David Duke, former KKK leader and one of the Charlottesville rally's strongest supporters, directly attributed the inspiration for the rally to the president in the following tweet:

    "This represents a turning point for the people of this country. We are determined to take our country back...We are going to fulfill the promises of Donald Trump. That's what [we] believed in. That's why we voted for Donald Trump."

    Just in case anyone missed the reference, "Taking Back America" was a hallmark of Trump's anti-immigrant rhetoric during the campaign and is still arguably one of his hallmark slogans as president: See, Breitbart News (July 30):

    Seven Ways Trump is Taking Back America's Culture

    It is also at least implied in some of Trump's "America First" immigration executive orders.

    But why should there be any surprise that Trump initially failed to condemn the neo-nazi white supremacist rally in Charlottesville?

    His entire campaign, followed by his entire presidency to date, has been imbued with the spirit of hate toward people of color and other racial/religious minorities. In his ideology, his glorification of white "civilization" and the supposed need to protect America's borders against people belonging to other enthicities and non-Christian religions such as Islam, something that formed the cornerstone of Trump's Warsaw speech, Trump was not only supporting the white nationalists, but was clearly identifying himself as one of them, as POLITICO explained right after the speech:

    See also, writing shortly after Trump's inauguration:

    Trump's Muslim ban is no surprise: Our new president's agenda is fueled by white nationalism

    Moreover, Trump has not only brought the white nationalists' racism to Washington with him, but also its proto-fascist, anti-democratic agenda, as so obviously apparent in his attacks on the press and the courts during his campaign, and his calls to rough up protesters at his own violent rallies; not to mention his horrifying incitement to police brutality against immigrants at his recent Brentwood NY speech.

    (And don't forget the centerpiece of Trump's entire immigration agenda - his Border Wall of anti-Mexican, anti-Latino hate and humiliation.)

    For an in-depth analysis of the white nationalists whom Trump brought to Washington, or tried to bring, after his election, see POLITICO.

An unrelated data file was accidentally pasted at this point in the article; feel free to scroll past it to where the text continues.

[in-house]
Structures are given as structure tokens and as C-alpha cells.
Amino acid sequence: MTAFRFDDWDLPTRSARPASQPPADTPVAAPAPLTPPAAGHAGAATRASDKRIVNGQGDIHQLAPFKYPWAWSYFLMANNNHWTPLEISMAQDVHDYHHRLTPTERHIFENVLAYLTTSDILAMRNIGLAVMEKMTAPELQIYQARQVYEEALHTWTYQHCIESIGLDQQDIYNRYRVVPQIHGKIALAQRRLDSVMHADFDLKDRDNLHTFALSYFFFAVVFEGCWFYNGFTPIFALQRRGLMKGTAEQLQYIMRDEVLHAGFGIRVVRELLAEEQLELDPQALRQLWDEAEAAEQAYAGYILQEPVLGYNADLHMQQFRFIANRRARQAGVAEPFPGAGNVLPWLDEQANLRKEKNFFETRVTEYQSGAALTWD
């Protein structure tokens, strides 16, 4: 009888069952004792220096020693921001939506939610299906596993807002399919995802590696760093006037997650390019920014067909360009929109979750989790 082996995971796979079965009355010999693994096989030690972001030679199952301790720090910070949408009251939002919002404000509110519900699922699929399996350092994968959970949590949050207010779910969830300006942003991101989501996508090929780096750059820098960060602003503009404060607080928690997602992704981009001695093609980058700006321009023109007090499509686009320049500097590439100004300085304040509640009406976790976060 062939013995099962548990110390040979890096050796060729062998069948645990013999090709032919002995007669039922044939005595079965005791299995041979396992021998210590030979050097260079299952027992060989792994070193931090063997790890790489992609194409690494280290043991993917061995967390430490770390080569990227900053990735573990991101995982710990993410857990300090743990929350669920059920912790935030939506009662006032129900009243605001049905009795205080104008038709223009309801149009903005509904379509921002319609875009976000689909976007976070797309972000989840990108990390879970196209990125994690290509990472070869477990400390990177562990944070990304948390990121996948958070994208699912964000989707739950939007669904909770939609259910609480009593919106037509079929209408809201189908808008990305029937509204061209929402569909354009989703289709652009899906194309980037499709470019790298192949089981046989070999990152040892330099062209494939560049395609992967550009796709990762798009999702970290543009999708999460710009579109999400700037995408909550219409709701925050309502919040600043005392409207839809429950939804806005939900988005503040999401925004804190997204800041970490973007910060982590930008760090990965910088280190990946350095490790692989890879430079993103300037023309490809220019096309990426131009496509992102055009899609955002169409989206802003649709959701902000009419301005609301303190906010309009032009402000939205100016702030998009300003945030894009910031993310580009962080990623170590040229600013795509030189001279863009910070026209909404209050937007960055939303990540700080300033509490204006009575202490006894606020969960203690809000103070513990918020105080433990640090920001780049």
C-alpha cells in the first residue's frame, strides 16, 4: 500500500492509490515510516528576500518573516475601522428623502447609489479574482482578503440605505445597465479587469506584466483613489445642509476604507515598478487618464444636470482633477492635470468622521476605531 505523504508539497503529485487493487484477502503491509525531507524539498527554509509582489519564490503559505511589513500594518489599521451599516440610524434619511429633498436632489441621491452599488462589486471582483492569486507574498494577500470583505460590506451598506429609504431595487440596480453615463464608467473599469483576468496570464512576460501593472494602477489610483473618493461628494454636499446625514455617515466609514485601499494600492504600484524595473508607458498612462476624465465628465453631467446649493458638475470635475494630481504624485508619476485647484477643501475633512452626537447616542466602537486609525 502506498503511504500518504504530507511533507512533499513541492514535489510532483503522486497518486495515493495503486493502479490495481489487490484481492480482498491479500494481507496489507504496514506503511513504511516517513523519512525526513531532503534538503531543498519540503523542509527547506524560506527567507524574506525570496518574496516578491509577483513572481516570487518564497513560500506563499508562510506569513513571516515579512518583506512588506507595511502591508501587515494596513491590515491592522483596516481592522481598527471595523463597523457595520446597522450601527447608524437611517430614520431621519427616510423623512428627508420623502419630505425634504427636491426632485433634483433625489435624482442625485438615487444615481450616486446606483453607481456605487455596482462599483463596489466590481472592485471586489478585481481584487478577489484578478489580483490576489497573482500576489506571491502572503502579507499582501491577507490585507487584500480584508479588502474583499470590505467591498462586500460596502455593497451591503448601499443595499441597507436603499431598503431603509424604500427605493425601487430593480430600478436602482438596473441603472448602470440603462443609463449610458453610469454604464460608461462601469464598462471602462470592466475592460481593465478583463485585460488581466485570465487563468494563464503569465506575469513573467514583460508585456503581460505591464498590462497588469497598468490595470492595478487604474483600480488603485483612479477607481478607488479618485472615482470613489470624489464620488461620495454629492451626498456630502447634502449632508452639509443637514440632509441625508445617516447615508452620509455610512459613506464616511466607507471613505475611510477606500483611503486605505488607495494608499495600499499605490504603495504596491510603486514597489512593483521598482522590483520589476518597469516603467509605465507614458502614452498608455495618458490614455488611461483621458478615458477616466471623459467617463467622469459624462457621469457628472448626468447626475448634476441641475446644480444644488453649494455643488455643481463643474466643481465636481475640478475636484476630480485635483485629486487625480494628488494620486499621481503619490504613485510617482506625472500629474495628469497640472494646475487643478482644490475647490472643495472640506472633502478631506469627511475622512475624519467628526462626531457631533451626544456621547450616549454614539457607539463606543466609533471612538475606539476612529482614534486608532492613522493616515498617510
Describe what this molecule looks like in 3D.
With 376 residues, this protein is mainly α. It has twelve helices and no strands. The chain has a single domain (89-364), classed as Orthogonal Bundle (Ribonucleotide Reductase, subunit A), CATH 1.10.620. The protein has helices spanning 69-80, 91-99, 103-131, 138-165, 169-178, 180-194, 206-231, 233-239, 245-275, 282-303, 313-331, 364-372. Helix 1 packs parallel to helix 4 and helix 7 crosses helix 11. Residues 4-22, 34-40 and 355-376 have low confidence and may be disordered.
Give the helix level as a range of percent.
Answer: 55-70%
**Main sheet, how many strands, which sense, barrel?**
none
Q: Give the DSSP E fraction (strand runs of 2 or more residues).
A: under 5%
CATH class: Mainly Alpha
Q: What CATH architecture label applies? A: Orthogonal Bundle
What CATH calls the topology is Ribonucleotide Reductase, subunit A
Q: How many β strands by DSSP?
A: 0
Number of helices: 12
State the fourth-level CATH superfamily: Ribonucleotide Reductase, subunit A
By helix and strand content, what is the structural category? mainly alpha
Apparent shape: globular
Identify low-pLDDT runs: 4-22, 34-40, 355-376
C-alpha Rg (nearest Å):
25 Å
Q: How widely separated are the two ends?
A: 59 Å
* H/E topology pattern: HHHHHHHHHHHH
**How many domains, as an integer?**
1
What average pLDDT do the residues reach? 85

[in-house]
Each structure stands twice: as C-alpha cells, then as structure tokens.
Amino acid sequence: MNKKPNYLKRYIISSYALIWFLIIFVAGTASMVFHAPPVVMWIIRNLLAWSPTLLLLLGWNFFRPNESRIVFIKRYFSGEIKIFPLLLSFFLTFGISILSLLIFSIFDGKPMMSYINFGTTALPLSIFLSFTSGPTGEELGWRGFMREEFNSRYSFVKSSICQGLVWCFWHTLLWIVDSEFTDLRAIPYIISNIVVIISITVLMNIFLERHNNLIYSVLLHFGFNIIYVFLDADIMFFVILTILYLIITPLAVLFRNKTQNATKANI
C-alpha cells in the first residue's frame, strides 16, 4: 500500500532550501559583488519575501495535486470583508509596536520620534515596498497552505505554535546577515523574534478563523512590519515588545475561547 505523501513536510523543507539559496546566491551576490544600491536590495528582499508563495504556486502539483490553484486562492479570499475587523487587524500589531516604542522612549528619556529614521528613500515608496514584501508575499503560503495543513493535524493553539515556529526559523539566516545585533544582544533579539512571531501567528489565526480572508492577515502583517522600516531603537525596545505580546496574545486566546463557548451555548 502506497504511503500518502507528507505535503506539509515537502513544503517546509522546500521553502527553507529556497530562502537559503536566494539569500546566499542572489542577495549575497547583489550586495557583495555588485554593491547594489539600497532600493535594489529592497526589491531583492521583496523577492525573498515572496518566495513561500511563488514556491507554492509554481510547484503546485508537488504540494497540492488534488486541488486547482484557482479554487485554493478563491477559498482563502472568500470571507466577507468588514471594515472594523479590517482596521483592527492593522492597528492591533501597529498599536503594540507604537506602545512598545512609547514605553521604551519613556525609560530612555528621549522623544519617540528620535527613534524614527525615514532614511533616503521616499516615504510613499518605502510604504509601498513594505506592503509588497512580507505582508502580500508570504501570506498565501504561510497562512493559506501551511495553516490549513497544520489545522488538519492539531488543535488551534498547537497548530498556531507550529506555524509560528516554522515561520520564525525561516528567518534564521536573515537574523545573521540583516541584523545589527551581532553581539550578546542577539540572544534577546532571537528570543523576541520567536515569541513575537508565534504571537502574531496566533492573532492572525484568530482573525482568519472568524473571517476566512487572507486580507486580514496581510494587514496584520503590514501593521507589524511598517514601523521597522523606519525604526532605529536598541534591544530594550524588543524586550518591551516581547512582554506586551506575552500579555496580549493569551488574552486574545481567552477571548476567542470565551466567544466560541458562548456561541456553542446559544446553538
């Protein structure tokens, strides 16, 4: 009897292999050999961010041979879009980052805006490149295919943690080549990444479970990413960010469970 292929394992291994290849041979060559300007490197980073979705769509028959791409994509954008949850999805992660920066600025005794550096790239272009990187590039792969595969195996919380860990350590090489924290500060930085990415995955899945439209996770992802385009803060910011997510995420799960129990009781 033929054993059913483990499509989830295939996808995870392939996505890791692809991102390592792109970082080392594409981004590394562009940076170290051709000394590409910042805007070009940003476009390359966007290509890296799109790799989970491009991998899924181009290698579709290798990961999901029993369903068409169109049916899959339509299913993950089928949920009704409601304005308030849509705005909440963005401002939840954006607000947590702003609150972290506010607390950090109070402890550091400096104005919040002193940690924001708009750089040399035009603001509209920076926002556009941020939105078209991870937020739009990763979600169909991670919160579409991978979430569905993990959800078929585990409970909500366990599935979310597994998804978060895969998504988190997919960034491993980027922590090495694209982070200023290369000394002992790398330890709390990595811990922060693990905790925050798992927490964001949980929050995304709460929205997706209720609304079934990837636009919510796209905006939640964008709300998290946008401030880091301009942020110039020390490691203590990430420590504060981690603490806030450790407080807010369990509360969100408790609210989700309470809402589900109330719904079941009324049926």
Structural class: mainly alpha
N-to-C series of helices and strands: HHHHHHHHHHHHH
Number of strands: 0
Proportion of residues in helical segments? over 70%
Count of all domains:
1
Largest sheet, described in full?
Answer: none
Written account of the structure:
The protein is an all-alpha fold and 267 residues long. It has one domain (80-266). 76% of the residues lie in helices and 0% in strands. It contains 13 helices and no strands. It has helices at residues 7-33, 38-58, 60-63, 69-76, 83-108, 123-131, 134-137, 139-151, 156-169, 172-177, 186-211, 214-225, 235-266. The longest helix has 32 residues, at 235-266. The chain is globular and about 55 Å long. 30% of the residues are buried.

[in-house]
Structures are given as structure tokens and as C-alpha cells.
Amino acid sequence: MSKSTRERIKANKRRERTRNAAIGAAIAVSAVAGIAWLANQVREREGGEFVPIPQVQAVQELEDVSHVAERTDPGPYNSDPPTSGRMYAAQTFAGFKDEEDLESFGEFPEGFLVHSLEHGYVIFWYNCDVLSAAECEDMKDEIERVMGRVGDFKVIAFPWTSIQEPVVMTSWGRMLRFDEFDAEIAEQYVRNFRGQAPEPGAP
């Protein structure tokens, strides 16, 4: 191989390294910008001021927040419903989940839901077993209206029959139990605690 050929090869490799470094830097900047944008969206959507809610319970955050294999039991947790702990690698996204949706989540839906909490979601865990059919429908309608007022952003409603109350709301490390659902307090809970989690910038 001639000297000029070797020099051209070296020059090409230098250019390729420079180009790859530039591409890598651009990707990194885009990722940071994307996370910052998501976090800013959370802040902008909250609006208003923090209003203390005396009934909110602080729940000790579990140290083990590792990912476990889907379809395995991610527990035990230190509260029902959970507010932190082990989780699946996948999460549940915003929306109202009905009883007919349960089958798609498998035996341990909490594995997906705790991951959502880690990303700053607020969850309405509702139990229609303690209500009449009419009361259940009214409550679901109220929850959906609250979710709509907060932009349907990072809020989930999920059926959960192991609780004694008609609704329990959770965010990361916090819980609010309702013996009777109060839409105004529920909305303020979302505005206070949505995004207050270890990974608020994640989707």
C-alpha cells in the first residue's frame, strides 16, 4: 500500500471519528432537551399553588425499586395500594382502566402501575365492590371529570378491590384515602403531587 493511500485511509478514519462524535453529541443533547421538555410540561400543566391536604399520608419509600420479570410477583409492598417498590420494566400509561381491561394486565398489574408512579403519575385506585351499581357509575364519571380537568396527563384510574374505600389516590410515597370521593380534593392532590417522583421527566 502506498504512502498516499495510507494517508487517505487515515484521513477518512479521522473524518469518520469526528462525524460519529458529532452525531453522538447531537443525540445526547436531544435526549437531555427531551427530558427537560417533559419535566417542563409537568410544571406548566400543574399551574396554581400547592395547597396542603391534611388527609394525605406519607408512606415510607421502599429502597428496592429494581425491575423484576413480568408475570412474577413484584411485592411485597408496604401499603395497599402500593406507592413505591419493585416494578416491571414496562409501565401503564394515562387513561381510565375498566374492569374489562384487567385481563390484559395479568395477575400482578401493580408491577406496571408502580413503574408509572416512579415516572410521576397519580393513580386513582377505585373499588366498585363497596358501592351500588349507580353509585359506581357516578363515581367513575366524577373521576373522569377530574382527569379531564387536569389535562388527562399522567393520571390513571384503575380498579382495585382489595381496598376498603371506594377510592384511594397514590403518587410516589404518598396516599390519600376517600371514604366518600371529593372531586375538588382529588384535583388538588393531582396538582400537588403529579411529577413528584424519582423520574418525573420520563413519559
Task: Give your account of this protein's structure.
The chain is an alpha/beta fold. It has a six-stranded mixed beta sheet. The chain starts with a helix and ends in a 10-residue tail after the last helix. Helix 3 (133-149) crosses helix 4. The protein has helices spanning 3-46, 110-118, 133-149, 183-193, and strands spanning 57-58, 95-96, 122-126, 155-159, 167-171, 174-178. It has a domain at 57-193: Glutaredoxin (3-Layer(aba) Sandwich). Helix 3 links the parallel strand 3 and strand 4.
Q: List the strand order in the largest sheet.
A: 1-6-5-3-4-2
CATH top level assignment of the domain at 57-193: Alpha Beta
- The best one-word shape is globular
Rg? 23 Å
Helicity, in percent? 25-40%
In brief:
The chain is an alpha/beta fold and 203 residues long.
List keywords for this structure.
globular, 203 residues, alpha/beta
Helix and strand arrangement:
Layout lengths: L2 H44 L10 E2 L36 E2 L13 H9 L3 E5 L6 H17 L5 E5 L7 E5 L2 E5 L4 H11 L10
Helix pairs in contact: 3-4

No wonder that Trump was so hesitant to speak out against the white supremacists and neo-nazis who caused the deaths of three innocent people in Charlottesville. At bottom, the people who organized this violent, racist, proto-fascist rally were Trump's people. In his most basic instincts of authoritarian white supremacy, of which Trump's goals of persecution and exclusion of non-white immigrants are an essential part, Trump has been showing himself to be an ally and supporter of the rally's leaders, if not actually one of them himself.
    Roger Algase is a New York immigration lawyer and a graduate of Harvard College and Harvard Law School. For more than 35 years, Roger has been helping mainly skilled and professional immigrants from diverse parts of the world obtain work visas and green cards.

    Roger's email address is

    Updated 08-15-2017 at 11:36 AM by ImmigrationLawBlogs

  5. Trump's Demonizing of Immigrants is Only the First Step on a Road That Could Lead to Dictatorship (and Nuclear War). Roger Algase

    Update: August 12, 1:03 pm:

    The Hill
    reports on August 12 that a Charlottesville, Virginia Newspaper has used the same phrase "fire and fury" that Donald Trump used to threaten North Korea with retaliation in describing a white nationalist rally which took place in that state.

    Obviously, Trump did not write that headline and is not responsible for anything which that newspaper says.

    But it is not entirely a surprise that the same president who used the above phrase in a patently irresponsible and absurd attempt to intimidate North Korea (while at the same time risking nuclear war and the extinction of life on this planet) has also distinguished himself for making hostile comments about minority immigrants (whom he called "animals" in his recent Brentwood, New York speech) throughout his campaign and presidency.

    This is in the same venomous spirit of hatred and prejudice that the white nationalists (many of whom are also Trump supporters) have also been showing at their rallies toward all people of color.

    My original comment follows:

    Much of the commentary on Trump's immigration speeches and actions, both as candidate and president, has tended to look at each element of his policies in isolation. The implied assumption has, all too often, been that none of the issues raised by Trump's approach to immigration has had any relation to the rest of his immigration policies, let alone to his broader agenda of cutting back on or eliminating the basic rights that the American people are used to taking for granted, such as freedom of speech, freedom of religion, the right to vote and separation of powers with an independent judiciary.

    There has been even less discussion of how any given detail of immigration policy could affect even broader issues involving America's place in the world, our relations with other countries, or the survival of the human race itself. Instead, each piece of Trump's immigration agenda has been looked at as if it were part of a larger jigsaw puzzle, but a puzzle in which there were no other pieces except the one at hand; or, or there were any other pieces, none of them had any significance.